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Importance of Human Capital Investment for Economic Growth in the UK

 Importance of Human Capital Investment for Economic Growth in the UK

  

 

 

 

 

Introduction

          Human capital refers to the abilities, understanding, and competencies embodied in a person that facilitates their well-being, the society around them, and the economy (Burton-Jones & Spender, 2012). It is arguably the most important aspect that determines economic growth. In 2006, the World Bank estimated that human capital is the leading form of global wealth (Stevens, 2012). Moreover, human resources are one of the most crucial determinants of economic growth. Galor and Weil (2012), argued that “an increase in the level of human capital can trigger a take-off from a Malthusian stagnation to a modern growth regime.” This essay aims at showing the extent to which human capital is vital to the United Kingdom’s Economic Growth.

Importance of Human Capital Investment for Economic Growth in the UK

          Research conducted by Becker (2015), on the connection between education, productivity, and output levels showed that more investment in education and training leads to better economic performance and development. Although some have questioned this fact and instead argued that schools merely act as devices to help employers identify skilled individuals (Allen, 2009), the consensus reveals that education does indeed result in higher economic growth due to increase in personal productivity and earning power of the workers. The increase applies to the individual level and the broader social returns on such investments, with evidence showing substantial private and social benefits.

The European Nations in 2010, carried out a field study on the impact of human capital on the economy of the United Kingdom. The evidence on social rates of profit concentrates on the remunerations to the budget arising from increased learning by calculating all the costs of schooling and training compared to the comparative pre-tax earnings of people in the delivery of such education (Balaz $ Williams, 2014). It showed that more investment in education led to more people acquiring the competent skills required of companies and industries. As a result, businesses performed better, leading to growth in the economy. Another key focus was the deployment of human resources at an organisational level and how that was linked to the economic performance of organisations and economies in broader terms. Most of the research led outside the central economic literature and was mainly based on human capital and firm performance. The quality of human resources that a company has determines the overall performance of the enterprise in the market.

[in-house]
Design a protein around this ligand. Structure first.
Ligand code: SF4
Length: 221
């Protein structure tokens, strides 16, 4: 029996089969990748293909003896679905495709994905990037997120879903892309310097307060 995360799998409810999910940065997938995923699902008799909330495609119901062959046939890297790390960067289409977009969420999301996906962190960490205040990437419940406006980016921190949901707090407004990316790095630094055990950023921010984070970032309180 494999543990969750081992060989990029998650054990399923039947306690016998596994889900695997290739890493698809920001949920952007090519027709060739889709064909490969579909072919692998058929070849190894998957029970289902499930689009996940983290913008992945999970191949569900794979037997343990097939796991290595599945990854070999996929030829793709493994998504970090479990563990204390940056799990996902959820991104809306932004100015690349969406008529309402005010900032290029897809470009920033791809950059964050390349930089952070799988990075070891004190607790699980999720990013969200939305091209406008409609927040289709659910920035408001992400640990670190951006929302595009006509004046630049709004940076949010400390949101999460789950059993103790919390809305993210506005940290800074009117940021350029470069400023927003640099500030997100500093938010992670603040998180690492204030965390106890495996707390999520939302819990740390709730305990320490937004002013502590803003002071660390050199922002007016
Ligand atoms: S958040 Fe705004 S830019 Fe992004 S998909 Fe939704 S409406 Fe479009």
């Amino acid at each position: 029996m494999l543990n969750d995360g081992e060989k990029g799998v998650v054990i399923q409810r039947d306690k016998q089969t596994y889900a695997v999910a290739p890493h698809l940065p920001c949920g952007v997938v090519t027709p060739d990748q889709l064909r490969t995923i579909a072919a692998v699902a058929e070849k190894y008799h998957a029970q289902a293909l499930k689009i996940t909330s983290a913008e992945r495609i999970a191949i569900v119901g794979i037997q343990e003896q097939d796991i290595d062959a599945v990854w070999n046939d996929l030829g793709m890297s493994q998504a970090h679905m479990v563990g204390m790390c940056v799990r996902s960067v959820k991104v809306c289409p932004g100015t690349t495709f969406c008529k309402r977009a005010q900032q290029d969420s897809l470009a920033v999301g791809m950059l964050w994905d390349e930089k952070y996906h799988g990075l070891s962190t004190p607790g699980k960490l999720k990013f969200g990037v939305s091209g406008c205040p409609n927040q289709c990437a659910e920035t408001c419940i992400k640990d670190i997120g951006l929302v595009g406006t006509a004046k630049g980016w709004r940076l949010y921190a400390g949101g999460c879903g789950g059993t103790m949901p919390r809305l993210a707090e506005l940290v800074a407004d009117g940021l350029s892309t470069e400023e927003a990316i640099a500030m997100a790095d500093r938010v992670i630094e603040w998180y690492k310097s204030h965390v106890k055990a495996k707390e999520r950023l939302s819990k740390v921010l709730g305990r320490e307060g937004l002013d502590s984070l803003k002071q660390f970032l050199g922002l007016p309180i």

Some different emphases on the research including aspects such as the role played by the human resource, and the role of the leaders and managers in various institutions were made. One important aspect is the role of leadership, with a focus on the role of top executives and managers in influencing performance in the company. In this case, their competence and training are paramount in what are often complex processes (Banhabib et al., 2016). The expansion of recognised education and training in the United Kingdom in recent years has resulted in substantial and readily observable implications for the level of skills and training for the engaged workforce of the country. The growth in GDP is mostly associated with growth in the levels of employment. Research conducted by Eurostat (2015), revealed that the economy has continued to grow over the last ten years due to the increase in educational and training facilities made available by the government.

Macroeconomic models integrate human capital into development specifications through additions of the Solow neoclassical growth model and endogenous growth equations, as developed by (Solow, 2012). Profoundly, neoclassical models indicate that a one-off rise in the stock of human capital leads to an increase in productivity and growth in the economy, whereas the endogenous growth models suggest that the same increase in human capital lead to a permanent increase and growth of the United Kingdom’s economy. Both models produce similar results each dependent on their precise specification. However, the newer models that rely on information and studies performed in recent years indicate expressively higher incomes on investments in human capital.